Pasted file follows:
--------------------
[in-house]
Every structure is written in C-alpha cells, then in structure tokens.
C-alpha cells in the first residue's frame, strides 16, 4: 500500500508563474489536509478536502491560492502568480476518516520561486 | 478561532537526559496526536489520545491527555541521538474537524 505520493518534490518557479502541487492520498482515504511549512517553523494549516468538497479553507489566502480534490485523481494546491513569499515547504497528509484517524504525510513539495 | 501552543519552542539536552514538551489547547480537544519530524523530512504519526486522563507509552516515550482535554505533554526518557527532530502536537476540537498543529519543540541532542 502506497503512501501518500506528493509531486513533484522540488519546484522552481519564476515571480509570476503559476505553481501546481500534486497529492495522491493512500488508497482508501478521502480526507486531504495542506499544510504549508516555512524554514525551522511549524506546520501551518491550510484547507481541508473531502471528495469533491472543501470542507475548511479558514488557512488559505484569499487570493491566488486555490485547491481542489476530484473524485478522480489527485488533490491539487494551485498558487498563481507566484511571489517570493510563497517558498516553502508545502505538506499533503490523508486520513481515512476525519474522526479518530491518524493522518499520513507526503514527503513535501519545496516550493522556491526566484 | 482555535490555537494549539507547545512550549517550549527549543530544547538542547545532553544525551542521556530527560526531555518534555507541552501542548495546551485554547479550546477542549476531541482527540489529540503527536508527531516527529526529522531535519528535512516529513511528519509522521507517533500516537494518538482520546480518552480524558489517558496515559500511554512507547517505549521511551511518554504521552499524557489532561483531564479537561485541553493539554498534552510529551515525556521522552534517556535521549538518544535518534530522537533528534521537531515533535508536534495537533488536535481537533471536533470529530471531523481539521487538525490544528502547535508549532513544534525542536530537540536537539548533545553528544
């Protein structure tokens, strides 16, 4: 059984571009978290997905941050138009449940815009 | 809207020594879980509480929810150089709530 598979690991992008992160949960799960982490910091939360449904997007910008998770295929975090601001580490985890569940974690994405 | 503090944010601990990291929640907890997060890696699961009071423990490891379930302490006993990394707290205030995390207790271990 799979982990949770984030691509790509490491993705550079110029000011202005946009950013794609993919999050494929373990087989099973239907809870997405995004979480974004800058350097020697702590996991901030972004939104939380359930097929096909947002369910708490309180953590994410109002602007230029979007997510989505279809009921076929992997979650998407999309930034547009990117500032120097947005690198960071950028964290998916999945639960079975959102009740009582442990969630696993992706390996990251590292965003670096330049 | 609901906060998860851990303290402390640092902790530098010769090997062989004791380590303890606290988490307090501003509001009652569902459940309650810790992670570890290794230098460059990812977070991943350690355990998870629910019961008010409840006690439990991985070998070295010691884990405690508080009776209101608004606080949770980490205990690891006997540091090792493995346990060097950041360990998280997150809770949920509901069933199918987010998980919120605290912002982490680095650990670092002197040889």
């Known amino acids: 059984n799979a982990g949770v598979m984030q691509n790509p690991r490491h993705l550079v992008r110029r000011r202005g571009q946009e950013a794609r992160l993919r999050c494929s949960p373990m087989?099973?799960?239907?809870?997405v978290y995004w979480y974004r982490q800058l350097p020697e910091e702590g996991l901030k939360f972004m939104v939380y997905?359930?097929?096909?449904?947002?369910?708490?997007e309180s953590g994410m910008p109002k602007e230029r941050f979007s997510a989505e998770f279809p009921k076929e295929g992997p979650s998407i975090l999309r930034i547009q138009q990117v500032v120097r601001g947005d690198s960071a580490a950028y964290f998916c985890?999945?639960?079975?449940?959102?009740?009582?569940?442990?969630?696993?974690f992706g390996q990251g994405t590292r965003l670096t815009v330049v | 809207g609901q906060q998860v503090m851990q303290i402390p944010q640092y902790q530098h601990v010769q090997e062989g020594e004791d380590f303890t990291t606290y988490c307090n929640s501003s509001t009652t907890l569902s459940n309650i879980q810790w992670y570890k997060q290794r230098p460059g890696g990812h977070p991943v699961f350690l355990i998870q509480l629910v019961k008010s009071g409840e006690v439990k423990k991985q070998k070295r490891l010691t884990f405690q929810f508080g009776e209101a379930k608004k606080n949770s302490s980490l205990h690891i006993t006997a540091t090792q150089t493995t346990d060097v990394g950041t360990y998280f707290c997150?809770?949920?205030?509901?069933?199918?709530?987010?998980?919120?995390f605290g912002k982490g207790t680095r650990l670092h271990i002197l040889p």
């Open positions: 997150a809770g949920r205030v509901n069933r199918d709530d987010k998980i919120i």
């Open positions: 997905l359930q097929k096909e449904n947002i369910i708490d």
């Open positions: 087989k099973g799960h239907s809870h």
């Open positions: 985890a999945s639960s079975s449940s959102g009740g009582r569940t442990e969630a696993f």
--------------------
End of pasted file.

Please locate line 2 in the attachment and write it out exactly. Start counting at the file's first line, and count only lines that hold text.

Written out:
Every structure is written in C-alpha cells, then in structure tokens.